Rite of Passage

(continued from . . .)

I am watching the Udder Rock buoy further up the coast. The tide is taking us inshore and I head further out to sea to stay to the seaward of it.

This is the third day of this trip, finally a day of wind, sea and sail. The cloud cover is still low, clinging to the tops of the cliffs. There are no other boats visible and, despite being close to the shore. I can see no one on the coast path.

The early mist had given the harbour a silent, closed feel.

(Click on image to enlarge)



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On learning to row

“Watch carefully, Bill.”

Aged about 12. We were leaning against the rail  looking down at the water.

A small,  elderly man was descending the wooden steps from the quay next door. He was dressed in a blue fisherman’s jersey, baggy grey trousers and canvas shoes.

Half way down, he nodded a good morning to us, untied the end of the frape and gently hauled his dinghy to the tiny landing stage beneath him.

It must have been about half-tide to have exposed this platform. Along this side of the harbour, dinghies were moored on frapes to allow the boat to ride the considerable tides and also to prevent them going aground at low water –  (in all but the lowest of low spring tides), so that they were always ready for use.

He untied the boat from the frape, remoored it to the ladder and stepped neatly into the middle of the boat. It barely moved.

The thwarts were wet from the previous night’s rain. He found a cloth and dried them.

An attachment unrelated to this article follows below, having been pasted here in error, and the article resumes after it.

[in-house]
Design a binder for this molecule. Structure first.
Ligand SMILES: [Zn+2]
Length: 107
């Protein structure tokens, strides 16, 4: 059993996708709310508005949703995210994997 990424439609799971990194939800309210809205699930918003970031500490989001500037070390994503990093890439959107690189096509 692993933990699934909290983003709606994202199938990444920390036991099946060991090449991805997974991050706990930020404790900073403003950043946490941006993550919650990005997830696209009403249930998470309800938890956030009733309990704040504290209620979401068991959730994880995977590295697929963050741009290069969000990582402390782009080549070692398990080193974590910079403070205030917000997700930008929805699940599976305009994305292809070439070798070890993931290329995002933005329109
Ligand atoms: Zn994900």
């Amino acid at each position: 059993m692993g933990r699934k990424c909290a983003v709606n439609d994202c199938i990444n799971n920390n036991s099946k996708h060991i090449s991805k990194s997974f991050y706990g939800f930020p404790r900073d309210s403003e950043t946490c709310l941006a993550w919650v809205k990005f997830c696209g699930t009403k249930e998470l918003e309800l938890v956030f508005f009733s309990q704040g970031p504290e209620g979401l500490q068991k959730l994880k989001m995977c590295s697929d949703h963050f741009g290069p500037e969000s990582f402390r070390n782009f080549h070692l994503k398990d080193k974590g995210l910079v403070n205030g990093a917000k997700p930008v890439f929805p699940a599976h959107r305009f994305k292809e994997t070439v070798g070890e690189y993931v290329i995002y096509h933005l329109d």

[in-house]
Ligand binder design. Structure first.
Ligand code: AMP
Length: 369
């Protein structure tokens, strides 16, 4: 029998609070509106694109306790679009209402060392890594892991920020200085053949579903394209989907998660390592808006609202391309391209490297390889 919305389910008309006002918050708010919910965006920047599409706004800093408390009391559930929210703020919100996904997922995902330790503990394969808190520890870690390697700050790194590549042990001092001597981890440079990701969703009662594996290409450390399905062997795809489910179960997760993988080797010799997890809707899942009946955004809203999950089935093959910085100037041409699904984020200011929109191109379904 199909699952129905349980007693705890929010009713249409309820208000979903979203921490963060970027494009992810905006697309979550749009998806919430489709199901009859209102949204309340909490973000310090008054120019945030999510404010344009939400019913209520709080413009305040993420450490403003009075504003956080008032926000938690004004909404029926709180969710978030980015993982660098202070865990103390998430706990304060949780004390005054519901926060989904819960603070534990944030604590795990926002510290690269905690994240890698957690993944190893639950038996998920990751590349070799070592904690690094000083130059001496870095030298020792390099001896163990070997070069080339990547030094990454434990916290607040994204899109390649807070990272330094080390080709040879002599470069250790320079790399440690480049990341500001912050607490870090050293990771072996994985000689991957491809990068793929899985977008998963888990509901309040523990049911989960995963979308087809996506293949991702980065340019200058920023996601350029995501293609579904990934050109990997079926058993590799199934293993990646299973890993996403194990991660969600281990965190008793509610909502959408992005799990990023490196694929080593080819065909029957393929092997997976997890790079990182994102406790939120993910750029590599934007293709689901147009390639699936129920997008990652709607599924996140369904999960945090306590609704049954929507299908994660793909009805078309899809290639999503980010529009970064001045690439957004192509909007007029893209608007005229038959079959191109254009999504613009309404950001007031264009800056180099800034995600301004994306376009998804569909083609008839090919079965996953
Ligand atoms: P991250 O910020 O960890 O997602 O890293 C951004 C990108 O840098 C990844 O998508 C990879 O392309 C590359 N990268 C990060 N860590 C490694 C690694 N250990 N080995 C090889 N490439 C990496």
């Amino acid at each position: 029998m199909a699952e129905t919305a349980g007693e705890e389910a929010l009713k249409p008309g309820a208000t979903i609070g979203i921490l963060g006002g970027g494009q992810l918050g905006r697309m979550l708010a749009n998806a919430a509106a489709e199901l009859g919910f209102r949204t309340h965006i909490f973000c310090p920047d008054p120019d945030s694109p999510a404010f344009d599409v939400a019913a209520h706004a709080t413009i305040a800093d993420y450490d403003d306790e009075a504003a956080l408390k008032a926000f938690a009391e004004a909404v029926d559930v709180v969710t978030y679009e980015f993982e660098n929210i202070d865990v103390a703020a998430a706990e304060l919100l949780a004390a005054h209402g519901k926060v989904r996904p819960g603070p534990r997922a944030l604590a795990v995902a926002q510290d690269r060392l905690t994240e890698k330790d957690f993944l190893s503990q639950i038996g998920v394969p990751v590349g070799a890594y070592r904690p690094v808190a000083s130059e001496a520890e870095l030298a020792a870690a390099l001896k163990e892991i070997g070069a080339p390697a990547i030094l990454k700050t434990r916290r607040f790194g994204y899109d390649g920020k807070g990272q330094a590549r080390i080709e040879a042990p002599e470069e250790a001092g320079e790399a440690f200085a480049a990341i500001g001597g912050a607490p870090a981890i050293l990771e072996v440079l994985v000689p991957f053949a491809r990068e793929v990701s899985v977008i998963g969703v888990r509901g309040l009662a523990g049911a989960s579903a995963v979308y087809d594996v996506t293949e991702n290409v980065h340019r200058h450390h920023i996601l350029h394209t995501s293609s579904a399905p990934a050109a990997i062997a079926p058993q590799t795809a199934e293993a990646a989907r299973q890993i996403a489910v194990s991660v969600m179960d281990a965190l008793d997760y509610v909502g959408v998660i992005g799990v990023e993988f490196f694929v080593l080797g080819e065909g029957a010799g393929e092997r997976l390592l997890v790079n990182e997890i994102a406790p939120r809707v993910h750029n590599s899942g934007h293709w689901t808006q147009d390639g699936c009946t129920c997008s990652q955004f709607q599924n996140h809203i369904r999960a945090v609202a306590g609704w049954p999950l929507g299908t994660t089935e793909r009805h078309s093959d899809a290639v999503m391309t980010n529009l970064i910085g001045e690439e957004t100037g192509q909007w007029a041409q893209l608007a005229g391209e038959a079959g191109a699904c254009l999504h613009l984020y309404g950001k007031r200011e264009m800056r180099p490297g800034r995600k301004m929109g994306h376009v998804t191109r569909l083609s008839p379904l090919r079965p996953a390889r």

Then he raised a bottom board and bailed the small amount of water collected there. He sponged it dry.

Facing aft, he sat down on the middle thwart, shipped both rowlocks and then the outside oar.

Twisting round, he untied the painter, coiled it into the bow and gave the boat a gentle push. Now he had room to ship the other oar.

As the boat drifted further away from the ladder, he was able to pull on the port oar turning the boat towards its destination.

With barely a glance over his shoulder, he took the weight on both oars and glided effortlessly away to the quay across the water.

The oars dipped with barely a splash – an economy of movement that gave the sense of a single unit – man and boat.

Even I could see the natural focus, the self-possession and the strength of someone doing what they have been doing for decades – a master in his element.

This was Randolph Johns. He was probably in his late sixties. That seemed ancient then – I no longer think so.

Over the next two or three summers, there would be the occasional lesson in our pram dinghy or a few words on shore.

From watching and listening to him, I learnt how to row and how to handle a small dinghy.

There was never any formality in his teaching – just the passing on of knowledge and the acquiring of some skill by doing.

I will never forget Randolph Johns. I learnt from him what it meant to master an activity – to have reached a point where the movement itself ceases to be an aspiration and becomes part of your being. He wasn’t a man who went out for a row – rowing was part of how he lived. He didn’t think about it much.